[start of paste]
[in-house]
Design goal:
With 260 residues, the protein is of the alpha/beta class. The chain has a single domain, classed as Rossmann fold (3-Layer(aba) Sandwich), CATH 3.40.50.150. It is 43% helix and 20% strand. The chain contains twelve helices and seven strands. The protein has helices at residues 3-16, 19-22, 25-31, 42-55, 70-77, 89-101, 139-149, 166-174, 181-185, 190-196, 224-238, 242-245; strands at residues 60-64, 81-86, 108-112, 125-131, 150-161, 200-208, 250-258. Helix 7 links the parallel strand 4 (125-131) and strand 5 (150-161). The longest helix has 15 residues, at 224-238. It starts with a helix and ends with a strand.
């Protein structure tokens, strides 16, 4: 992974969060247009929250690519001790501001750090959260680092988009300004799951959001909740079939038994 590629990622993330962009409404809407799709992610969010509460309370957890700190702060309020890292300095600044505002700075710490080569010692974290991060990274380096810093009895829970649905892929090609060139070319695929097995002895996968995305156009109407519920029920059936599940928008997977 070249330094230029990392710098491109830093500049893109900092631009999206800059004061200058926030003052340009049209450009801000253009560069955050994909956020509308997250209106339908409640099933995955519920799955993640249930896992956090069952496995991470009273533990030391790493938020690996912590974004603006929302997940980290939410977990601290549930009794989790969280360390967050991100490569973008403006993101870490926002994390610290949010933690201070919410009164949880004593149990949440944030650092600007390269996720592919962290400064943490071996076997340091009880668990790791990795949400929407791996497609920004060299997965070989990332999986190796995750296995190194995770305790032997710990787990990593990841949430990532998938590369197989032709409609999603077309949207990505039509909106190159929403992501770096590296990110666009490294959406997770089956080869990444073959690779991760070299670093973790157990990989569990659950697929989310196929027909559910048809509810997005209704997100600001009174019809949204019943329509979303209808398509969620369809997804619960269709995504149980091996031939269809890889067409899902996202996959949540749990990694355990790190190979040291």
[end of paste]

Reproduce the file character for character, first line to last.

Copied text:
[in-house]
Design goal:
With 260 residues, the protein is of the alpha/beta class. The chain has a single domain, classed as Rossmann fold (3-Layer(aba) Sandwich), CATH 3.40.50.150. It is 43% helix and 20% strand. The chain contains twelve helices and seven strands. The protein has helices at residues 3-16, 19-22, 25-31, 42-55, 70-77, 89-101, 139-149, 166-174, 181-185, 190-196, 224-238, 242-245; strands at residues 60-64, 81-86, 108-112, 125-131, 150-161, 200-208, 250-258. Helix 7 links the parallel strand 4 (125-131) and strand 5 (150-161). The longest helix has 15 residues, at 224-238. It starts with a helix and ends with a strand.
């Protein structure tokens, strides 16, 4: 992974969060247009929250690519001790501001750090959260680092988009300004799951959001909740079939038994 590629990622993330962009409404809407799709992610969010509460309370957890700190702060309020890292300095600044505002700075710490080569010692974290991060990274380096810093009895829970649905892929090609060139070319695929097995002895996968995305156009109407519920029920059936599940928008997977 070249330094230029990392710098491109830093500049893109900092631009999206800059004061200058926030003052340009049209450009801000253009560069955050994909956020509308997250209106339908409640099933995955519920799955993640249930896992956090069952496995991470009273533990030391790493938020690996912590974004603006929302997940980290939410977990601290549930009794989790969280360390967050991100490569973008403006993101870490926002994390610290949010933690201070919410009164949880004593149990949440944030650092600007390269996720592919962290400064943490071996076997340091009880668990790791990795949400929407791996497609920004060299997965070989990332999986190796995750296995190194995770305790032997710990787990990593990841949430990532998938590369197989032709409609999603077309949207990505039509909106190159929403992501770096590296990110666009490294959406997770089956080869990444073959690779991760070299670093973790157990990989569990659950697929989310196929027909559910048809509810997005209704997100600001009174019809949204019943329509979303209808398509969620369809997804619960269709995504149980091996031939269809890889067409899902996202996959949540749990990694355990790190190979040291």